Obama killed all speculation by denying that there was any such contact, thus countering the attempt to put him on the defensive. While both candidates endorsed the defence of Israel, if attacked, their approach to Iran was differently shaded. Romney wants to stymie a “nuclear-capable Iran”, leaving ambiguous whether Iran can retain any nuclear fuel cycle capability, while Obama merely talked of the sanctions track being time-bound and all options being on the table. Perhaps, at this stage, the candidates were more concerned about the Jewish votes in swing states, like Florida, than the implications of a nuclear weapon possessing Iran.
On Afghanistan both concurred that the 2014 withdrawal was definite but only Romney held forth on Pakistan, emphasising its importance as a nuclear weapon-possessing nation and a possible spoiler in Afghanistan. Curiously, even Romney dubbed the Obama troop surge, announced in December 2009, as successful. An indication of the rise of China is the time the two spent discussing it. Romney was less than enthusiastic defending his assertion that on his first day as President he would nail China as a currency manipulator. In an integrated world, the US and China, or even India and China, will have to handle cooperation, competition and friction as simultaneously occurring factors in a world pivoting towards Asia, which Obama called a “massive growth area”.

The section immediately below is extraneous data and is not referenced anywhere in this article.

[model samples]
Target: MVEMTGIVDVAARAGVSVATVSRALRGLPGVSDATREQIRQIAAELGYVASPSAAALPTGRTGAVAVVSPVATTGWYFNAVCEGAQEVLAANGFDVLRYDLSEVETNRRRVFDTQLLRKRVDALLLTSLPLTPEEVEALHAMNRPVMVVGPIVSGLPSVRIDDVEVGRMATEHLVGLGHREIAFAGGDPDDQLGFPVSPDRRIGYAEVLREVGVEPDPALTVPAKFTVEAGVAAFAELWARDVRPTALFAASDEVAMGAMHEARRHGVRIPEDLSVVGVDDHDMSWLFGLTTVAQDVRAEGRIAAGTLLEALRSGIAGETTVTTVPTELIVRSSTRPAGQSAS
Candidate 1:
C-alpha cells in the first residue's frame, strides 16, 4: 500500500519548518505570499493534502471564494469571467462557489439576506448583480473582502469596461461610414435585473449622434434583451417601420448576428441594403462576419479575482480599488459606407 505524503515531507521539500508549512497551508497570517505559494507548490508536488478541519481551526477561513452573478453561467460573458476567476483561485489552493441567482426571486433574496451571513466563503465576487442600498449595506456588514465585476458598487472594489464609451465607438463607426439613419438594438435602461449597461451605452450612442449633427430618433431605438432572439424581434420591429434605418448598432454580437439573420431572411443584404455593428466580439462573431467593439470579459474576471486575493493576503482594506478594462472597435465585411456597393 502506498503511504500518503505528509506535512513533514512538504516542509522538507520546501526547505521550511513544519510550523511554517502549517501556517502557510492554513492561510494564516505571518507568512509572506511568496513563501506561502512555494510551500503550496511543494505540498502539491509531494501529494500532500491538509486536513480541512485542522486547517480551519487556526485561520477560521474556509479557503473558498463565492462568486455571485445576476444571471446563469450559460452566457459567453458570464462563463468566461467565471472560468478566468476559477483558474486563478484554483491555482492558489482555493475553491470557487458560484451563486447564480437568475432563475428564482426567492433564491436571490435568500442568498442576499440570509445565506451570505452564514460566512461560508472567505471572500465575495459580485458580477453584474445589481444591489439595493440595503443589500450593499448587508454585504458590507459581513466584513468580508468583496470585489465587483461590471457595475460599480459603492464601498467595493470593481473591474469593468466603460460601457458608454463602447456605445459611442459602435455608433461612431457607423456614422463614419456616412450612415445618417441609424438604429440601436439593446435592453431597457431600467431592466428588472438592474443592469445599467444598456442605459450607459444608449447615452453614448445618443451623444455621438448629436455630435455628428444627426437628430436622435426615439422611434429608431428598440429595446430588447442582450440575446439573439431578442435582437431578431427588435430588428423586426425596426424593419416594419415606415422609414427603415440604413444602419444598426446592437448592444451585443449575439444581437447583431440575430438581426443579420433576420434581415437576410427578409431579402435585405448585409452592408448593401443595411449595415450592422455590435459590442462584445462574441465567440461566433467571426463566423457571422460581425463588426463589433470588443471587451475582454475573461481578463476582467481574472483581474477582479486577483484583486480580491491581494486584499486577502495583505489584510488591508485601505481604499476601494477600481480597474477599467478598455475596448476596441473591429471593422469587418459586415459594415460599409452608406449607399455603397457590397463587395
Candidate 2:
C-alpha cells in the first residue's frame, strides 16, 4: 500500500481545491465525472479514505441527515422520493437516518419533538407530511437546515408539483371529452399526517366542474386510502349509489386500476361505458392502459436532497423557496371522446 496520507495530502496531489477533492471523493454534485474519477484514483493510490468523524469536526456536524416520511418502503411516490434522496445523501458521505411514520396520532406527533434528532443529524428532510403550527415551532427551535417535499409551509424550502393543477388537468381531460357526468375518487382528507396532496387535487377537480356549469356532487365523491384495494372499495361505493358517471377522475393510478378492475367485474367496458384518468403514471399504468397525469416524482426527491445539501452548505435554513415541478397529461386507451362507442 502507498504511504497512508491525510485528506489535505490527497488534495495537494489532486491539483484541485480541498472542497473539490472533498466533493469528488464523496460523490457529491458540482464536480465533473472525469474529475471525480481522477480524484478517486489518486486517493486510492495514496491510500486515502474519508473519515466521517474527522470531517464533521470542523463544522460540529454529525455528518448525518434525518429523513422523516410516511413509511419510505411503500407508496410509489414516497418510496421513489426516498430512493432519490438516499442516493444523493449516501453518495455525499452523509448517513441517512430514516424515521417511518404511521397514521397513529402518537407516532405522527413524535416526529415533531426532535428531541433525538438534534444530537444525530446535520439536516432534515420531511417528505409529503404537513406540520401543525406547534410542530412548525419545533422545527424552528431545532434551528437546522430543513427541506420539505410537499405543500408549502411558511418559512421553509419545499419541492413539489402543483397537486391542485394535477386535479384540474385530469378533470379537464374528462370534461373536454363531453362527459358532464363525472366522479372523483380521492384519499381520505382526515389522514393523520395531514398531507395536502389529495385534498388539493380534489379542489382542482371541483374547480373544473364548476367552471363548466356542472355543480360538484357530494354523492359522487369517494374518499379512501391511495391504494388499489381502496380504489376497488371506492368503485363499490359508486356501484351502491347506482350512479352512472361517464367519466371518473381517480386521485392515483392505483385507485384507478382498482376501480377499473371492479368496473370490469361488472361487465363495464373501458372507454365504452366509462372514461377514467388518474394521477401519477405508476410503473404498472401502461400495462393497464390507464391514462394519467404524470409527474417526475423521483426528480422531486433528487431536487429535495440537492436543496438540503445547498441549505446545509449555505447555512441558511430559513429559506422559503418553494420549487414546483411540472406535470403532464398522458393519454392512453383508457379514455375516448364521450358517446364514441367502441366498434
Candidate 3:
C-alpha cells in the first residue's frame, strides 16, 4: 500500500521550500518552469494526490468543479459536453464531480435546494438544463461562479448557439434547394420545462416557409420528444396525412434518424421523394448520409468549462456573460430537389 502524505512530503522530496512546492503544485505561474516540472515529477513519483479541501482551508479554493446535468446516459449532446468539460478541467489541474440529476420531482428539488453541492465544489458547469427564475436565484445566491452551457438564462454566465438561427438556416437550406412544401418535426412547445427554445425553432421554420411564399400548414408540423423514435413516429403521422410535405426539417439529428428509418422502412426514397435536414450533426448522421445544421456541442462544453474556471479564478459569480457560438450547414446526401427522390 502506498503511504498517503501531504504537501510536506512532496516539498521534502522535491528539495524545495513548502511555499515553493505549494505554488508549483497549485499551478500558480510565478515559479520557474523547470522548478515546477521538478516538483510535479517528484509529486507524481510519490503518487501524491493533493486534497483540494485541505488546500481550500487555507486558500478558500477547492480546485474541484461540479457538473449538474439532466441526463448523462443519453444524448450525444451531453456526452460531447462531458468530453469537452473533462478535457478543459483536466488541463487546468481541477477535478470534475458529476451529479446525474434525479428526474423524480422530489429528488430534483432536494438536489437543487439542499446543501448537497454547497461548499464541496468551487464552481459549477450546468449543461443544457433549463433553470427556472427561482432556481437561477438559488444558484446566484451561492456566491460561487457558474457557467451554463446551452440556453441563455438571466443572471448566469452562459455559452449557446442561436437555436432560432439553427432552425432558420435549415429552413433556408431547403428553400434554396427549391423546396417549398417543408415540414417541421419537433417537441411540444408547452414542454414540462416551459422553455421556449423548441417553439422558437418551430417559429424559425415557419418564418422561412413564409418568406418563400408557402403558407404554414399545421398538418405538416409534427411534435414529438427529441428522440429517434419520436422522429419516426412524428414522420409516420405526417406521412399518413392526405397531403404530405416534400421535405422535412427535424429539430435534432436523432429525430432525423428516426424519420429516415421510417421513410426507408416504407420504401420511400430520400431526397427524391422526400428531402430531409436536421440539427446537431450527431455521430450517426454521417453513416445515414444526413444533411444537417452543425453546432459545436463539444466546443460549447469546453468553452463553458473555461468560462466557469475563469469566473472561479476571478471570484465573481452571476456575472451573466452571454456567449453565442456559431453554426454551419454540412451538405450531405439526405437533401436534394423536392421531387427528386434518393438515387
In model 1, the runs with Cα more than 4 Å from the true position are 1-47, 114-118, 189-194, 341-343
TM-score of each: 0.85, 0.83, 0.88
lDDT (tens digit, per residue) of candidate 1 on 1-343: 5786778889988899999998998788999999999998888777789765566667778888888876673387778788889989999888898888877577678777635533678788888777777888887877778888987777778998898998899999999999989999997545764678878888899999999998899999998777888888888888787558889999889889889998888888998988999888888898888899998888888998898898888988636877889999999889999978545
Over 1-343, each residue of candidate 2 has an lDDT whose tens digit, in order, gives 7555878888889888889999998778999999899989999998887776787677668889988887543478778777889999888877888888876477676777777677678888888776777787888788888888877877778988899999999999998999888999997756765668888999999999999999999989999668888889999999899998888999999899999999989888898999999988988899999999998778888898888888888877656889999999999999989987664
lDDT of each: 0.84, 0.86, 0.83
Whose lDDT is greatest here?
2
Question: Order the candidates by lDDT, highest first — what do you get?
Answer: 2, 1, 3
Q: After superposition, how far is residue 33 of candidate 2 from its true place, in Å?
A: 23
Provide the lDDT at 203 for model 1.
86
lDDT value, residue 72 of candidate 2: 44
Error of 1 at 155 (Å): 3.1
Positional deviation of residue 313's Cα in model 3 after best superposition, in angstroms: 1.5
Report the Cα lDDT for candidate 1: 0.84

From the debate no surprise has emerged to impinge on Indian geo-political calculations, although like the injured fox in the fable refusing to have the flies whisked off its bleeding wounds as the ones sitting are already sated while the new ones would be hungry, perhaps Obama is best for India, having already learnt to deal with a region where US allies are often duplicitous. Although the differences between the two contenders may well be, as Obama quipped, not of content but of tone.
The reality is more complex than a televised debate would convey as multiple crises are lingering to confront the next US President as his term commences in 2013. The end game in Afghanistan is still uncertain, as are the consequences of the Arab Spring. The unresolved Syrian imbroglio is spilling over into Lebanon, Turkey and northern Iraq. The Al Qaeda has regenerated in North Mali — a combination of smuggled Libyan arms, Latin American drugs and radical Islam. The 10-yearly transition of power in China, far from harmonious, occurs as China’s maritime disputes in South and East China seas, a decelerating economy and attendant strains in its social cohesion persist. Iran and the Shia-Sunni rivalry mixed with Israeli paranoia and the nuclear genie complete the US President’s crown of thorns. Also in 2013, elections are due in Israel, Japan, Iran, Pakistan and, perhaps, India. US actions may not always be globally popular, but there is no other country that can be the bulwark of the current global security order. Thus, for Americans the Obama-Romney duel may have only electoral significance; for the world it has existential implications.

The writer is a former secretary in the external affairs ministry